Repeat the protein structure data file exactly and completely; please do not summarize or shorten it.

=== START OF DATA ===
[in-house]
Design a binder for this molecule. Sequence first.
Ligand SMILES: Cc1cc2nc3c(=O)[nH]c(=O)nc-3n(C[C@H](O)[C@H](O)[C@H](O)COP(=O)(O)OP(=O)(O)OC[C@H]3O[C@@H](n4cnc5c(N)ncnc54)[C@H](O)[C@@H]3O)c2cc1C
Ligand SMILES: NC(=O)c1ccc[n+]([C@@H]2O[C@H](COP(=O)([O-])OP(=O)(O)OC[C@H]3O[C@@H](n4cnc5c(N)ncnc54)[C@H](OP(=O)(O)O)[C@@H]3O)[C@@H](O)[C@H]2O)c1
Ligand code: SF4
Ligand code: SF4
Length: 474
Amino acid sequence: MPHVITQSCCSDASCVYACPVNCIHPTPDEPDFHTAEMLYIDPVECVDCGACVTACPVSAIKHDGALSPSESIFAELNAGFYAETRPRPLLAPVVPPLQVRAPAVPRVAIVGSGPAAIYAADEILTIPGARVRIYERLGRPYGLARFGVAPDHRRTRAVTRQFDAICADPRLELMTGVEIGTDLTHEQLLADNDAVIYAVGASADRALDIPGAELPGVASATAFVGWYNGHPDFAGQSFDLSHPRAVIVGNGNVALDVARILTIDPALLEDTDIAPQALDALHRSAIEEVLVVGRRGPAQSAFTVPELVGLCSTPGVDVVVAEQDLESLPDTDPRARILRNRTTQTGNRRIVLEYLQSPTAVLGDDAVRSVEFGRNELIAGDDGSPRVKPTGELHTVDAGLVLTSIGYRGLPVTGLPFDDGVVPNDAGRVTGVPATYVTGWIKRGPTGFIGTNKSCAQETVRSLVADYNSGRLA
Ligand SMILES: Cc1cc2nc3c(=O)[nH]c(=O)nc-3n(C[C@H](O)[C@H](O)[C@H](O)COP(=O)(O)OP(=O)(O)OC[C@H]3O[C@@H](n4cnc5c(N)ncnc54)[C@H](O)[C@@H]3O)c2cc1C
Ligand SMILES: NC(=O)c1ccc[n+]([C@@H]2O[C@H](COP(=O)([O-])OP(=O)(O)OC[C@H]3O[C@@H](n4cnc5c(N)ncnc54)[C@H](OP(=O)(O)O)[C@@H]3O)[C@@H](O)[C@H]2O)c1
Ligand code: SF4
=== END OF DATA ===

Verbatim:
[in-house]
Design a binder for this molecule. Sequence first.
Ligand SMILES: Cc1cc2nc3c(=O)[nH]c(=O)nc-3n(C[C@H](O)[C@H](O)[C@H](O)COP(=O)(O)OP(=O)(O)OC[C@H]3O[C@@H](n4cnc5c(N)ncnc54)[C@H](O)[C@@H]3O)c2cc1C
Ligand SMILES: NC(=O)c1ccc[n+]([C@@H]2O[C@H](COP(=O)([O-])OP(=O)(O)OC[C@H]3O[C@@H](n4cnc5c(N)ncnc54)[C@H](OP(=O)(O)O)[C@@H]3O)[C@@H](O)[C@H]2O)c1
Ligand code: SF4
Ligand code: SF4
Length: 474
Amino acid sequence: MPHVITQSCCSDASCVYACPVNCIHPTPDEPDFHTAEMLYIDPVECVDCGACVTACPVSAIKHDGALSPSESIFAELNAGFYAETRPRPLLAPVVPPLQVRAPAVPRVAIVGSGPAAIYAADEILTIPGARVRIYERLGRPYGLARFGVAPDHRRTRAVTRQFDAICADPRLELMTGVEIGTDLTHEQLLADNDAVIYAVGASADRALDIPGAELPGVASATAFVGWYNGHPDFAGQSFDLSHPRAVIVGNGNVALDVARILTIDPALLEDTDIAPQALDALHRSAIEEVLVVGRRGPAQSAFTVPELVGLCSTPGVDVVVAEQDLESLPDTDPRARILRNRTTQTGNRRIVLEYLQSPTAVLGDDAVRSVEFGRNELIAGDDGSPRVKPTGELHTVDAGLVLTSIGYRGLPVTGLPFDDGVVPNDAGRVTGVPATYVTGWIKRGPTGFIGTNKSCAQETVRSLVADYNSGRLA
Ligand SMILES: Cc1cc2nc3c(=O)[nH]c(=O)nc-3n(C[C@H](O)[C@H](O)[C@H](O)COP(=O)(O)OP(=O)(O)OC[C@H]3O[C@@H](n4cnc5c(N)ncnc54)[C@H](O)[C@@H]3O)c2cc1C
Ligand SMILES: NC(=O)c1ccc[n+]([C@@H]2O[C@H](COP(=O)([O-])OP(=O)(O)OC[C@H]3O[C@@H](n4cnc5c(N)ncnc54)[C@H](OP(=O)(O)O)[C@@H]3O)[C@@H](O)[C@H]2O)c1
Ligand code: SF4